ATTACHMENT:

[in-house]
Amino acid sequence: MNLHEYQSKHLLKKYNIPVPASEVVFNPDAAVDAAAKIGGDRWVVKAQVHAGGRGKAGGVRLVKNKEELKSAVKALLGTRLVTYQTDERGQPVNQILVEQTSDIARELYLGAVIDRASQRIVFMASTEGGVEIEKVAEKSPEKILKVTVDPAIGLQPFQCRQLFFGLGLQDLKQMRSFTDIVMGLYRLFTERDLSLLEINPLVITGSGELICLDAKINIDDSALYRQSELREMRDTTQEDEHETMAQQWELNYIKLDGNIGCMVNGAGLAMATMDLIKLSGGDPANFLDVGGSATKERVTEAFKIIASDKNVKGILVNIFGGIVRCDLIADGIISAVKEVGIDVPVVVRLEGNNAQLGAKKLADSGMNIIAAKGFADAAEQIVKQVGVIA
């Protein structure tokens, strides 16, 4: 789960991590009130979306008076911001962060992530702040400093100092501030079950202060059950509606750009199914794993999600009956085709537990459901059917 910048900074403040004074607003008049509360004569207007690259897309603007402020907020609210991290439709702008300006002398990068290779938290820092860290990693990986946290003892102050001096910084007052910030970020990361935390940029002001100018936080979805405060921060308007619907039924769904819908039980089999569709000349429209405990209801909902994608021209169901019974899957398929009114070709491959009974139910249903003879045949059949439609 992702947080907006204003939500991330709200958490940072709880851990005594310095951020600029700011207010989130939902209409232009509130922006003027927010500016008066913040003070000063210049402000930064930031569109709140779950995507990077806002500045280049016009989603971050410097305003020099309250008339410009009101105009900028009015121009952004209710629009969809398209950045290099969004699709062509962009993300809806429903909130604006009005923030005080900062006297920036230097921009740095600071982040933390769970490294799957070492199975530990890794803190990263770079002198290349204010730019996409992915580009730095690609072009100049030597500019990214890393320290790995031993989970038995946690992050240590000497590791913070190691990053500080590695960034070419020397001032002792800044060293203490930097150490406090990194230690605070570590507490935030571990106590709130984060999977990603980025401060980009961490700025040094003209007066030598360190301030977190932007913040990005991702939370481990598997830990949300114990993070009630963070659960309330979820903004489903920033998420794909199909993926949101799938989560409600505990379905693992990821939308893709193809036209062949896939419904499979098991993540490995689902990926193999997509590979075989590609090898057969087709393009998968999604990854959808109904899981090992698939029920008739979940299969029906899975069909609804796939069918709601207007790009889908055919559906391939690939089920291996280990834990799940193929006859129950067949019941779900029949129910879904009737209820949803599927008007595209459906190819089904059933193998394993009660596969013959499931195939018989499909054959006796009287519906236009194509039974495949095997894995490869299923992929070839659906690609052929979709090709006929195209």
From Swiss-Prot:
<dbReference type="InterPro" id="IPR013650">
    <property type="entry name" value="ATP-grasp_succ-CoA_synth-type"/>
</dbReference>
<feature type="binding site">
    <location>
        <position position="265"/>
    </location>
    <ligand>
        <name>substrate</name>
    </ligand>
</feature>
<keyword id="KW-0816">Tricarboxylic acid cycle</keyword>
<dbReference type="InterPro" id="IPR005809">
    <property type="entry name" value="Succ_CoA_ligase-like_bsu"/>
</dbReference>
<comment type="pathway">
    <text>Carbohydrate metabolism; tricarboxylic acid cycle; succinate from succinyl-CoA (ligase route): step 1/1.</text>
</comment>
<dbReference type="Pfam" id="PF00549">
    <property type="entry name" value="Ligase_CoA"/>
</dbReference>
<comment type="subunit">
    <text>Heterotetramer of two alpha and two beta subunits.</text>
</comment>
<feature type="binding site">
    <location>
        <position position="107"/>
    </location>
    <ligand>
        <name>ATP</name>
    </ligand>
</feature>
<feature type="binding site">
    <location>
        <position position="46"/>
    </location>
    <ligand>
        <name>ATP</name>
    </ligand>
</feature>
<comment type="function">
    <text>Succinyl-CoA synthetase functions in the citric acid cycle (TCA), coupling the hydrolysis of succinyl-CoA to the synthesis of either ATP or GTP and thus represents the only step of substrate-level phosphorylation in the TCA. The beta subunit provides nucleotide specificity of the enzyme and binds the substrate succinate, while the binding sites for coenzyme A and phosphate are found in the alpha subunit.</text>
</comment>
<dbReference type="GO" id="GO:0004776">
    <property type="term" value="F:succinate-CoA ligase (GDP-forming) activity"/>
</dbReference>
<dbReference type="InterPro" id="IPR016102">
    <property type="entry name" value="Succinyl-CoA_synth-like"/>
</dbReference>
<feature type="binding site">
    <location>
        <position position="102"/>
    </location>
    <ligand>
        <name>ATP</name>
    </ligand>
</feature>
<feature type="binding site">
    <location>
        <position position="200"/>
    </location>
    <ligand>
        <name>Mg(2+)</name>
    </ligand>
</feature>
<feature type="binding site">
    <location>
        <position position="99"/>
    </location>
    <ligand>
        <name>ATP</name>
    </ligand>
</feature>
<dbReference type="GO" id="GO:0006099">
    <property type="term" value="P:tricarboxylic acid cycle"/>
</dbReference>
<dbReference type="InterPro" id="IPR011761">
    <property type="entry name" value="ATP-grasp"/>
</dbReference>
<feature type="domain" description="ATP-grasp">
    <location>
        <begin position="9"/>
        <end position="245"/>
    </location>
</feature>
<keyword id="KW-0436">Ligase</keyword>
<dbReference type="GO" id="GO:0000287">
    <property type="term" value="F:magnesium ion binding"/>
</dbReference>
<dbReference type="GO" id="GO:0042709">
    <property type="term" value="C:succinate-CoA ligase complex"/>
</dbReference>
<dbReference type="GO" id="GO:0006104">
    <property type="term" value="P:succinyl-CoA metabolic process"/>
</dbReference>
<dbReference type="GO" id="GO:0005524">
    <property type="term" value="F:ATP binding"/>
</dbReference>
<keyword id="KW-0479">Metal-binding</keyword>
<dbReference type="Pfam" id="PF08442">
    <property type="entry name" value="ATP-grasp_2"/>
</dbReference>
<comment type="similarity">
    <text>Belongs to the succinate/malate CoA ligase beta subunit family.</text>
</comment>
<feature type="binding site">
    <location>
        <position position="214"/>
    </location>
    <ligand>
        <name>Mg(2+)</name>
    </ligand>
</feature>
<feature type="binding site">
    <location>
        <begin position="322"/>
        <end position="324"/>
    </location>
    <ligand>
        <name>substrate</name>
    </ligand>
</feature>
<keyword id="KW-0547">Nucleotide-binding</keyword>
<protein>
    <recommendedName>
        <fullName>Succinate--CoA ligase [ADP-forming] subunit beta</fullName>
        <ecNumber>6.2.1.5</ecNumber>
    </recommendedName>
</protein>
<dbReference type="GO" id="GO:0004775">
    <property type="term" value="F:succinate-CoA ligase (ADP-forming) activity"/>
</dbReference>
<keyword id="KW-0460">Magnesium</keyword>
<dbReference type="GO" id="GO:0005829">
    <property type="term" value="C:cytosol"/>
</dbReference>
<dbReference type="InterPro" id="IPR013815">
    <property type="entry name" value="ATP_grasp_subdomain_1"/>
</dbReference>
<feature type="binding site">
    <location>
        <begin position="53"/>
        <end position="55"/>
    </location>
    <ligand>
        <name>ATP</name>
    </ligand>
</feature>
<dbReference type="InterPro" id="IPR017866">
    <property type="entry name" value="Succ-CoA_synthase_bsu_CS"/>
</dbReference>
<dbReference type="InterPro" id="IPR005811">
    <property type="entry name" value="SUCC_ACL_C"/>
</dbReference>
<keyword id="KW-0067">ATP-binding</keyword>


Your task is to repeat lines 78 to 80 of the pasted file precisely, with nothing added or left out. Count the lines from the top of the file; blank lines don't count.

<dbReference type="GO" id="GO:0006099">
    <property type="term" value="P:tricarboxylic acid cycle"/>
</dbReference>